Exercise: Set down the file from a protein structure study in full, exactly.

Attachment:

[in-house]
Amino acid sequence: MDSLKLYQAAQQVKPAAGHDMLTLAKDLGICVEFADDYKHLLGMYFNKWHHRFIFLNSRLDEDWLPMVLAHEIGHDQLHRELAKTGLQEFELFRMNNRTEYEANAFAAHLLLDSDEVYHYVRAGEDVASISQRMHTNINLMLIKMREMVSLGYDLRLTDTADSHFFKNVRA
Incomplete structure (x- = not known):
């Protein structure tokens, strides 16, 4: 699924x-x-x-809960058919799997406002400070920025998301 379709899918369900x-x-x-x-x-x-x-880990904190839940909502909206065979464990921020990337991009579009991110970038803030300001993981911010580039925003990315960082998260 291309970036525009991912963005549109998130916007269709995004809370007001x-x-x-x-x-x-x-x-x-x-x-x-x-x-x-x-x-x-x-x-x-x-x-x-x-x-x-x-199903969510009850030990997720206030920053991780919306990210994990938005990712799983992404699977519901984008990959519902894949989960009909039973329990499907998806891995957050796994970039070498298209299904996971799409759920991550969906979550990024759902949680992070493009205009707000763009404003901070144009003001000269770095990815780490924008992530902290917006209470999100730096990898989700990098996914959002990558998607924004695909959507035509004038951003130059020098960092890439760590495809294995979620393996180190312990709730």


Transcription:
[in-house]
Amino acid sequence: MDSLKLYQAAQQVKPAAGHDMLTLAKDLGICVEFADDYKHLLGMYFNKWHHRFIFLNSRLDEDWLPMVLAHEIGHDQLHRELAKTGLQEFELFRMNNRTEYEANAFAAHLLLDSDEVYHYVRAGEDVASISQRMHTNINLMLIKMREMVSLGYDLRLTDTADSHFFKNVRA
Incomplete structure (x- = not known):
């Protein structure tokens, strides 16, 4: 699924x-x-x-809960058919799997406002400070920025998301 379709899918369900x-x-x-x-x-x-x-880990904190839940909502909206065979464990921020990337991009579009991110970038803030300001993981911010580039925003990315960082998260 291309970036525009991912963005549109998130916007269709995004809370007001x-x-x-x-x-x-x-x-x-x-x-x-x-x-x-x-x-x-x-x-x-x-x-x-x-x-x-x-199903969510009850030990997720206030920053991780919306990210994990938005990712799983992404699977519901984008990959519902894949989960009909039973329990499907998806891995957050796994970039070498298209299904996971799409759920991550969906979550990024759902949680992070493009205009707000763009404003901070144009003001000269770095990815780490924008992530902290917006209470999100730096990898989700990098996914959002990558998607924004695909959507035509004038951003130059020098960092890439760590495809294995979620393996180190312990709730």